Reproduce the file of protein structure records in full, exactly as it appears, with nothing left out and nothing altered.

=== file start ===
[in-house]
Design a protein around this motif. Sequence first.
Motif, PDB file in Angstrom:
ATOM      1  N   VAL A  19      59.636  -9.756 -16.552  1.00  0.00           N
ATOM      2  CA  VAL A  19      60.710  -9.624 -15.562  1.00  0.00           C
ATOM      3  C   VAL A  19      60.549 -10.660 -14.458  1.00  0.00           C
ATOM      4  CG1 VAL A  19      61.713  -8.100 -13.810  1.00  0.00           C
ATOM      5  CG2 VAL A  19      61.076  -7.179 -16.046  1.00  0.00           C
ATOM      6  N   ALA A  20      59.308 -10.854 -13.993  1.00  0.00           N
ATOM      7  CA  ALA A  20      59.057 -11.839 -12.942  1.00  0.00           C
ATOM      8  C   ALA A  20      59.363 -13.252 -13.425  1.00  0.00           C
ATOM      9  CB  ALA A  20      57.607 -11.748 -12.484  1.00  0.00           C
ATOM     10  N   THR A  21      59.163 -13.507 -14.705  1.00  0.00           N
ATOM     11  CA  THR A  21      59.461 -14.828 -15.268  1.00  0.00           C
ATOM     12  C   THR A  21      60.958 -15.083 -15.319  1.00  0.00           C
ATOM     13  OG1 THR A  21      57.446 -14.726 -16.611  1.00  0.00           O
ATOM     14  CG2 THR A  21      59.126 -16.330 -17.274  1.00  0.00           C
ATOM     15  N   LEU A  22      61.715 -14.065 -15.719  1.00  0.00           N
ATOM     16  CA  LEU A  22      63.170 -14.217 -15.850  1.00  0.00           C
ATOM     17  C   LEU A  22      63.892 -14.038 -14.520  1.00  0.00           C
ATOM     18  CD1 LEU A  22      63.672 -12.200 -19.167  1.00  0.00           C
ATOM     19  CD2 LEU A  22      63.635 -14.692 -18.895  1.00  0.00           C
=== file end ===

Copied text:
[in-house]
Design a protein around this motif. Sequence first.
Motif, PDB file in Angstrom:
ATOM      1  N   VAL A  19      59.636  -9.756 -16.552  1.00  0.00           N
ATOM      2  CA  VAL A  19      60.710  -9.624 -15.562  1.00  0.00           C
ATOM      3  C   VAL A  19      60.549 -10.660 -14.458  1.00  0.00           C
ATOM      4  CG1 VAL A  19      61.713  -8.100 -13.810  1.00  0.00           C
ATOM      5  CG2 VAL A  19      61.076  -7.179 -16.046  1.00  0.00           C
ATOM      6  N   ALA A  20      59.308 -10.854 -13.993  1.00  0.00           N
ATOM      7  CA  ALA A  20      59.057 -11.839 -12.942  1.00  0.00           C
ATOM      8  C   ALA A  20      59.363 -13.252 -13.425  1.00  0.00           C
ATOM      9  CB  ALA A  20      57.607 -11.748 -12.484  1.00  0.00           C
ATOM     10  N   THR A  21      59.163 -13.507 -14.705  1.00  0.00           N
ATOM     11  CA  THR A  21      59.461 -14.828 -15.268  1.00  0.00           C
ATOM     12  C   THR A  21      60.958 -15.083 -15.319  1.00  0.00           C
ATOM     13  OG1 THR A  21      57.446 -14.726 -16.611  1.00  0.00           O
ATOM     14  CG2 THR A  21      59.126 -16.330 -17.274  1.00  0.00           C
ATOM     15  N   LEU A  22      61.715 -14.065 -15.719  1.00  0.00           N
ATOM     16  CA  LEU A  22      63.170 -14.217 -15.850  1.00  0.00           C
ATOM     17  C   LEU A  22      63.892 -14.038 -14.520  1.00  0.00           C
ATOM     18  CD1 LEU A  22      63.672 -12.200 -19.167  1.00  0.00           C
ATOM     19  CD2 LEU A  22      63.635 -14.692 -18.895  1.00  0.00           C